Authors: Thomas Göbel (Universität der Bundeswehr München), Frieder Uhlig (Technical University Darmstadt), Harald Baier (Universität der Bundeswehr München) and Frank Breitinger (University of Lausanne)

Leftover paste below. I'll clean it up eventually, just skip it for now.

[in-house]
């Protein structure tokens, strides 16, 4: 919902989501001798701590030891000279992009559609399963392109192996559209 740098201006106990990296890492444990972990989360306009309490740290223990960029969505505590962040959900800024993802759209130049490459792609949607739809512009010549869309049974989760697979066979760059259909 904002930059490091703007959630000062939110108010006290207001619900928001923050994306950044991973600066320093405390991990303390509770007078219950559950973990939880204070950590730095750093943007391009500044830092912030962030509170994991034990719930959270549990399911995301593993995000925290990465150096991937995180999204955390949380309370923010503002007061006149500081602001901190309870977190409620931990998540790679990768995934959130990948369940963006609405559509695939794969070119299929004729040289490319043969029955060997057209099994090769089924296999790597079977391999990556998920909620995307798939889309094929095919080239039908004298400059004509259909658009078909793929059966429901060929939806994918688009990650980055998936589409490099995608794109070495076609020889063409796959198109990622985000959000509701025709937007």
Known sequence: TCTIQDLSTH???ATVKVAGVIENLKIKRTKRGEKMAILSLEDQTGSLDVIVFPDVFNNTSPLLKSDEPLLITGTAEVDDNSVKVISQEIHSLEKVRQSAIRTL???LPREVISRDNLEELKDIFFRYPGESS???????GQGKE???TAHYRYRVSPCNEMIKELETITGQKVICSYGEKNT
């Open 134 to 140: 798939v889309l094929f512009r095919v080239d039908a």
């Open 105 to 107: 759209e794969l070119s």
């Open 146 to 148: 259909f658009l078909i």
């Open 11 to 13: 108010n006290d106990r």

An important challenge in a contemporary digital forensic investigation is dealing with the huge amount of data that needs to be processed. Similarity hashing, also referred to as approximate matching, plays a pivotal role in digital forensics in solving this challenge. For instance approximate matching algorithms are used for similarity assessment, clustering of different digital artifacts, finding fragments and embedded object detection, respectively. Since the presentation of ssdeep and hence the introduction of approximate matching to the digital forensic community, a variety of different algorithms have been proposed such as sdhash, mrsh-v2, or TLSH. In order to review strengths and weaknesses of an approximate matching algorithm (e.g., in terms of different aspects like run time efficiency, fragment detection, resistance against obfuscation attacks), a reproducible and easy-to-use assessment is indispensable. Back in 2013 a first framework called FRASH was presented to contribute to solve this issue. In this paper, we provide an up-to-date view on the problem of evaluating approximate matching algorithms with respect to both the conceptual and the practical aspects. With respect to the practical view we present the open-source approximate matching test framework FRASHER for a comprehensive evaluation of modern similarity hashing algorithms. We extend FRASH and adapt it to a modern environment, e.g., with respect to the implementation, the automation of the evaluation process, the usability and its modular architecture. The modular design enables an easy and usable integration of new approximate matching algorithms into the framework. As we provide an updated and extended release of FRASH we call our framework FRASHER. With respect to the conceptual aspect, we present and discuss meaningful test cases. As a proof of concept, we assess the most relevant similarity digest algorithms in terms of sample important test cases.